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Thursday, February 14, 2013

Josh Groban - All That Echoes

We here at Musical Druggernauts aren’t gonna lie to you, our loyal fans. We have missed you dearly. This past month without you has been more miserable than finding out on your 18th birthday that Santa Clause doesn’t exist. The time has come, however, to return the favor…to give it back.  That said, our first review of this new year is a little bit off the beaten path from something that we would normally cover. But we are pioneers in broadening those musical horizons for everyone, so without further adieu, let the journey begin.
This week we cover that guy you wanted to punch directly in the face in Crazy, Stupid, Love. That guy whose song you always hear at church’s that have enacted this hip, cool feeling by covering a contemporary song (whether every week or just on Easter…you know who you are). Yeah, I’m talking about Josh Groban, people. The man whose voice is so perfect in tone that you can’t help but wonder if he is half man/half machine.  It’s been awhile since we have really heard Groban’s name in the music scene. Rumors have been flying around that with this new album, All That Echoes, he is looking to get into a more pop sounding realm. After all is said and done, however, will he stay true to his musical roots or come up flat? Read on to find out!!
The opening track, “Brave,” has a very Groban feel to it with a slow building instrumentation that really helps highlight his voice. When it comes to Groban, less is more. Rather than hitting us in the face with too much production, a great use of string accompaniment, drums, and a hint of piano is all it takes to add enough depth to Groban’s already powerful chops.  It is at the chorus when we get this full orchestra sound that makes you envision him singing this before a crowd of thousands. It is very operatic feeling, which is his textbook sound, but the melody flows so effortlessly that it has a pop sensibility in it that keeps you drawn in.  If you gave this song to someone who only listens to the melody and not lyrics, it would definitely pass the first listen test.
            Lyrically, this is a very empowering song, much like that of “Raise Me Up.” Although it isn’t necessarily as religious in nature or as lyrically prophetic, it still has a great message in it that will hit a nerve with many. In the second verse this rings true:
            “Hold on, hold on, so strong, time just carries on.
            And all that you thought was wrong is pure again.
            You can’t hide forever from the thunder.
            Look into the storm and feel the rain.”

What is great about actually listening to these lyrics or reading them on paper is that no matter the current situation you are in, you can relate to this on a personal level. It could be about a job, relationship, anything. From this verse, it’s more of an affirmation that time does heal all wounds and knowing this, we have no reason to fear the things that stand or get in our way from being happy with who we are.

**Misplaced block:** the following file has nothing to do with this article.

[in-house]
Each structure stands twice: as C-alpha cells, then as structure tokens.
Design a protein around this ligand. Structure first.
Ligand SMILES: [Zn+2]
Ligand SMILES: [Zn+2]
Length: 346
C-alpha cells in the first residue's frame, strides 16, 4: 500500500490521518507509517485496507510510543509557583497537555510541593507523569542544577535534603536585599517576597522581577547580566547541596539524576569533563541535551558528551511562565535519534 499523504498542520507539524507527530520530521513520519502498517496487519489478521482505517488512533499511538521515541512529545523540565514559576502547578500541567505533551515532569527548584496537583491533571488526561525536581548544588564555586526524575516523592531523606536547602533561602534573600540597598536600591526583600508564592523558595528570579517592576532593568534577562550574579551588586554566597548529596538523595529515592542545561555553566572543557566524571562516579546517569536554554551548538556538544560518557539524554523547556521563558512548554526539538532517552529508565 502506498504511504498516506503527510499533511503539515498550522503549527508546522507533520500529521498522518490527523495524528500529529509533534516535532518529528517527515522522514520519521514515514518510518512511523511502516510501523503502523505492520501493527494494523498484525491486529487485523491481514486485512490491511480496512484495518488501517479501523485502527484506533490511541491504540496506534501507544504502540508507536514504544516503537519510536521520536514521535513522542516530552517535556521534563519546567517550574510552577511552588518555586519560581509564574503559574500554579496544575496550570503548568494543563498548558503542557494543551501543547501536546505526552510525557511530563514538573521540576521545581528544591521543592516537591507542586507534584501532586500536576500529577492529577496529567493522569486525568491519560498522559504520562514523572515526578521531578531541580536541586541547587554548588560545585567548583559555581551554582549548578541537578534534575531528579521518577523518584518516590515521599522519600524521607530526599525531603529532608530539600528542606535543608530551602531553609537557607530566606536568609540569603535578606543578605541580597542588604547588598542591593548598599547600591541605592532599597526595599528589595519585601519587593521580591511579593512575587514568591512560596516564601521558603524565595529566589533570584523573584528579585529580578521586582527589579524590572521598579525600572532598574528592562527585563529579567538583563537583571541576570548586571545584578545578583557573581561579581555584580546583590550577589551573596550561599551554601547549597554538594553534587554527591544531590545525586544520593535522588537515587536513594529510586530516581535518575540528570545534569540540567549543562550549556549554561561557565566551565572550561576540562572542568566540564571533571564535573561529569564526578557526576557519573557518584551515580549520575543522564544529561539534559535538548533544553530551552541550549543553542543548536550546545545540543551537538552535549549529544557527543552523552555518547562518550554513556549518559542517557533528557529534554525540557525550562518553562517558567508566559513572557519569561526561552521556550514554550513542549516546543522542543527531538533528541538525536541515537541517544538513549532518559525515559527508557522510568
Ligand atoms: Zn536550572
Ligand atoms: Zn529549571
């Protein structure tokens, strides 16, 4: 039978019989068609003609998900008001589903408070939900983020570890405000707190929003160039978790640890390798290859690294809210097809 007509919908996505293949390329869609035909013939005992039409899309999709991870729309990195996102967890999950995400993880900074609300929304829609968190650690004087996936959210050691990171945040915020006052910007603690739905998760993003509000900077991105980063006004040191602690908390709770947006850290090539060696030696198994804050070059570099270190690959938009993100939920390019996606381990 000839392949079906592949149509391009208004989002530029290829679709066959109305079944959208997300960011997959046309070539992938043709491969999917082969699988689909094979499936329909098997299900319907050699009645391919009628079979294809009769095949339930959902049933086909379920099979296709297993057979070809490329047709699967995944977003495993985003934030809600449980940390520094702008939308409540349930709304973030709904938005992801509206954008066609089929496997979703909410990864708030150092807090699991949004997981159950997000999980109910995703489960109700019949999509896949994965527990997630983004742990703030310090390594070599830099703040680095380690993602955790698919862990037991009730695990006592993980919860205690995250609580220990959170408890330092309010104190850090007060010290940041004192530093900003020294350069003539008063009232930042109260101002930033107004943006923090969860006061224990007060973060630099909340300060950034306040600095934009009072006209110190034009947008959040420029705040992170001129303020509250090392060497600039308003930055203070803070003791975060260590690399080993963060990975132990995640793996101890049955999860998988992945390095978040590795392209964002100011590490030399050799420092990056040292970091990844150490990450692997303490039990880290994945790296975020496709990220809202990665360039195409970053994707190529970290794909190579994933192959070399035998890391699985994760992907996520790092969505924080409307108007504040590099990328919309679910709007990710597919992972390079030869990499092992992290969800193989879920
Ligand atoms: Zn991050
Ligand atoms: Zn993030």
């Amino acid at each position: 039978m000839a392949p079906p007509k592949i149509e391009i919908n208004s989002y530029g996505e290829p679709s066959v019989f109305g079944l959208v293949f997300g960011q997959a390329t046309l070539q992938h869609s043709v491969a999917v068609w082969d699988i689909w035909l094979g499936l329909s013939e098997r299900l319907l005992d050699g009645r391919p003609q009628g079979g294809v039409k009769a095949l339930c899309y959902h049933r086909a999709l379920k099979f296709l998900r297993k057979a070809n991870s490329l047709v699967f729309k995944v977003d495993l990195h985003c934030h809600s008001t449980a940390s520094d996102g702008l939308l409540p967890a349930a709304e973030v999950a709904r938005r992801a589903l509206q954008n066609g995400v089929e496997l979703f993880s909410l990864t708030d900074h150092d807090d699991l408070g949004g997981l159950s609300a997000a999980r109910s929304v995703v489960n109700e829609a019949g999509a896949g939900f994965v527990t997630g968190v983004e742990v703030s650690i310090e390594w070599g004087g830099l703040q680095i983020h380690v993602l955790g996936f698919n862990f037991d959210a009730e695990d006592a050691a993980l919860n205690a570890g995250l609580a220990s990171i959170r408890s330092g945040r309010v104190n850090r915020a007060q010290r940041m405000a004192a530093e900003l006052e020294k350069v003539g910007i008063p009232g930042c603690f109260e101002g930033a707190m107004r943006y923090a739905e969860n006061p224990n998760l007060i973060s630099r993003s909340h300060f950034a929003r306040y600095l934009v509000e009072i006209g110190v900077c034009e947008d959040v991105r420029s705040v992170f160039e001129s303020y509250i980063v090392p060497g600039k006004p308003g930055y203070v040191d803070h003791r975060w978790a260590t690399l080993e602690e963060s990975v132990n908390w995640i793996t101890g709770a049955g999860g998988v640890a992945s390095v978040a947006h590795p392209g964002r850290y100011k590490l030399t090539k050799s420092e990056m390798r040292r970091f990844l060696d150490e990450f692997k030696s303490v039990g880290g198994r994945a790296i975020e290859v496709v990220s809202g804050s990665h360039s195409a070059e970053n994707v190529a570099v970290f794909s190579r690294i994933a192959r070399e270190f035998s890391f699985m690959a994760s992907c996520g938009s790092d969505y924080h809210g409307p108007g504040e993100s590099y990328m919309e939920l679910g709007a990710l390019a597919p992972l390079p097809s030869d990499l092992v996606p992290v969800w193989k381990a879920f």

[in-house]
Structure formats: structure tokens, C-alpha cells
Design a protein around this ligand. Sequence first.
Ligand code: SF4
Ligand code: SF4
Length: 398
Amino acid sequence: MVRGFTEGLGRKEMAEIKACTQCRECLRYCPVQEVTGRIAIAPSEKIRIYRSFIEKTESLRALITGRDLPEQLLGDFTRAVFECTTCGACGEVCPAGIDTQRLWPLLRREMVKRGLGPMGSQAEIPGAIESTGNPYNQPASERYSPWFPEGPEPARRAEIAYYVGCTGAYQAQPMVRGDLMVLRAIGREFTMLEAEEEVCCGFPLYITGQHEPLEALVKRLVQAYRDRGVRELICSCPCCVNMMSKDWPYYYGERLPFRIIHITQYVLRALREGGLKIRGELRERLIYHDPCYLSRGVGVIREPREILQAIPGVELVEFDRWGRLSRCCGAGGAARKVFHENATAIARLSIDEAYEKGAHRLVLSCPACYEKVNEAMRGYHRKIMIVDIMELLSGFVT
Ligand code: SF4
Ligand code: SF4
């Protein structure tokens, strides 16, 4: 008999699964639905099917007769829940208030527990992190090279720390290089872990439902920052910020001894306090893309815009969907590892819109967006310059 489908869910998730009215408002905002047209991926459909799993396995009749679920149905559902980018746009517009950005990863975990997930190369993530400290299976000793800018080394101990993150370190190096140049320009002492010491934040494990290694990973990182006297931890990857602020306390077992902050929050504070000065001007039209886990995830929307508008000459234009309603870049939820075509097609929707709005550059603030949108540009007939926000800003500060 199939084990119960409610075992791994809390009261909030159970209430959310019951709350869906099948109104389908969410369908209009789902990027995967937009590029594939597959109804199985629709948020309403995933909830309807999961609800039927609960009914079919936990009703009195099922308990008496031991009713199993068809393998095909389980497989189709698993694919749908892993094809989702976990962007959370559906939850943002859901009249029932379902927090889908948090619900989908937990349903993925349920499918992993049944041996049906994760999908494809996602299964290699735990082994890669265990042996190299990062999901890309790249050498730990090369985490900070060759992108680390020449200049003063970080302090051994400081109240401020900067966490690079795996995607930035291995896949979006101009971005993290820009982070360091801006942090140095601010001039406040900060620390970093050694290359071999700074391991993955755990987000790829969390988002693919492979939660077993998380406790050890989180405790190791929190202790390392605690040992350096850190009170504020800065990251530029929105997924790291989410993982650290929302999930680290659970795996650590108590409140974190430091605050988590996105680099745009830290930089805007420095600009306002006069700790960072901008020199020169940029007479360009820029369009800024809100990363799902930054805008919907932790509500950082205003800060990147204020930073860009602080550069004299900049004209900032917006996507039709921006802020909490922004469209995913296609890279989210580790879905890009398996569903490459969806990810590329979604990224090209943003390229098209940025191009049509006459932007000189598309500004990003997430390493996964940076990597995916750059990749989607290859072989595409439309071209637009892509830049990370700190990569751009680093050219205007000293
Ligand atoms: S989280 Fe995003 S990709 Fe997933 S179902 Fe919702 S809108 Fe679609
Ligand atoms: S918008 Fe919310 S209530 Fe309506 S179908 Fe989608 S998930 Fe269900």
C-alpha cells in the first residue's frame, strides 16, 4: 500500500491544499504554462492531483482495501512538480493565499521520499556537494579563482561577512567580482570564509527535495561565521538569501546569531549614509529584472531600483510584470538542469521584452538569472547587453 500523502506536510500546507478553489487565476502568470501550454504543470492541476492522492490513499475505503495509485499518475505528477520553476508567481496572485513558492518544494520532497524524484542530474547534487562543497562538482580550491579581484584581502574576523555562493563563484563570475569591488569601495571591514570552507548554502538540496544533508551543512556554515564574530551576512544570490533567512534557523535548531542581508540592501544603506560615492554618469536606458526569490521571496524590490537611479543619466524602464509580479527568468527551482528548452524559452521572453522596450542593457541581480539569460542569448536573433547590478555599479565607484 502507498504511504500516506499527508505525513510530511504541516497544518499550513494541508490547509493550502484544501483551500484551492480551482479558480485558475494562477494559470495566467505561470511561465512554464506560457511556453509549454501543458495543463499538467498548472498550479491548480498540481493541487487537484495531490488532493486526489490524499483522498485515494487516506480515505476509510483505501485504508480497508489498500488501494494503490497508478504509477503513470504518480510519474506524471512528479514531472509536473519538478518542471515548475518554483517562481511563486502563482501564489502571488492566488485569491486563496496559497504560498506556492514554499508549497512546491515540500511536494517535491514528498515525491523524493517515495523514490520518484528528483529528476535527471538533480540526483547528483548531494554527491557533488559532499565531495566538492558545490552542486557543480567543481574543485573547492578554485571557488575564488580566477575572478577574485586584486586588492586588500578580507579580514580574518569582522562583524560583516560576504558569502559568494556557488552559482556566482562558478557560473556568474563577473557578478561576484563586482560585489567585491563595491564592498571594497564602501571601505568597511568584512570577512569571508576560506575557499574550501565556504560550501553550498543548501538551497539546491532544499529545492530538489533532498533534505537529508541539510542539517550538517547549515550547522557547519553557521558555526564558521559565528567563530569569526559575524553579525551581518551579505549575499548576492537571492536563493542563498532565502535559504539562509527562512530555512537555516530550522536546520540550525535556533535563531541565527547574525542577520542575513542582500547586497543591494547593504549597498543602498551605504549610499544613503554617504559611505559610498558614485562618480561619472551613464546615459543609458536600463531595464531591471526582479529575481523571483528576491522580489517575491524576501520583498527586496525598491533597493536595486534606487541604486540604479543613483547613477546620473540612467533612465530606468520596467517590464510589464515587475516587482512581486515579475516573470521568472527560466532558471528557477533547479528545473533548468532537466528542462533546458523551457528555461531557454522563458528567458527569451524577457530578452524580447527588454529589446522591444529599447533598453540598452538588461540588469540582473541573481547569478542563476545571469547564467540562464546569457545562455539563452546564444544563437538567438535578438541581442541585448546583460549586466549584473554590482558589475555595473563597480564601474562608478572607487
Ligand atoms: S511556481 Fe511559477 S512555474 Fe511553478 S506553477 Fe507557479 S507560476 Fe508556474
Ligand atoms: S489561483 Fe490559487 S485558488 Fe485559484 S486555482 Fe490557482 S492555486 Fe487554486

Although the majority of Groban’s songs have that feeling of endearment, “Happy in My Heartache,” really sticks out on All That Echoes.  The beautiful intertwining of both piano and guitar makes this song special. Even with its incorporation of a string section, it feels as if Groban is singing directly to you, adding a whole other dimension. It is a light, airy sounding song despite having a melancholic theme about lost love. This juxtaposition is effective and further delineates Groban as a real artist, at a time when those are seemingly few and far between.
             Lyrically, “Happy in My Heartache,” has some of the best writing in the entire album. From the first verse, the reality of an aching heart is described so succinctly that it serves a deep, unveiling sentiment, which only poetry can do at certain times. Groban sings:
“Coffee is on the table, and I
            Just can’t seem to wake up this aching heart of mine.
            One more day without you and I’ll be fine.
            I know I’m good for waiting, but waiting’s wasted time.”

These words are hard enough of “truth pills” to swallow, but Groban makes it that much more cathartic and emotionally wrenching. (Stop having the absolutely right things to say that pull on those heartstrings!!) Interesting enough, is how Groban once again focuses on this idea of time and how it complicates things. Sure, we can wait out things until the pain is less severe with each and everyday, but living in the now is something we have to force ourselves to do. Relationships, whether intimate or not, always have their ups and downs. There is something I read recently that really hits the nail on the head with this: “You were fine before you ever met this person. Soon enough you both will be fine again.” It’s a declaration of sorts, in that we should cherish what we have and to not regret the things that we don’t. Groban, himself, seems to know of this all too well.
Overall, Groban’s music might not be your cup of tea. His voice is a lot like James Blunt in a sense that it is good, but you can only stand it in minor doses. If you are a diehard of Groban or are looking for something new, then this may suit that empty void in your heart where Santa used to be…I digress. Other great tracks to check out include: “Falling Slowly” and “Un Alma Mas.” Until then, Druggernauts!!!

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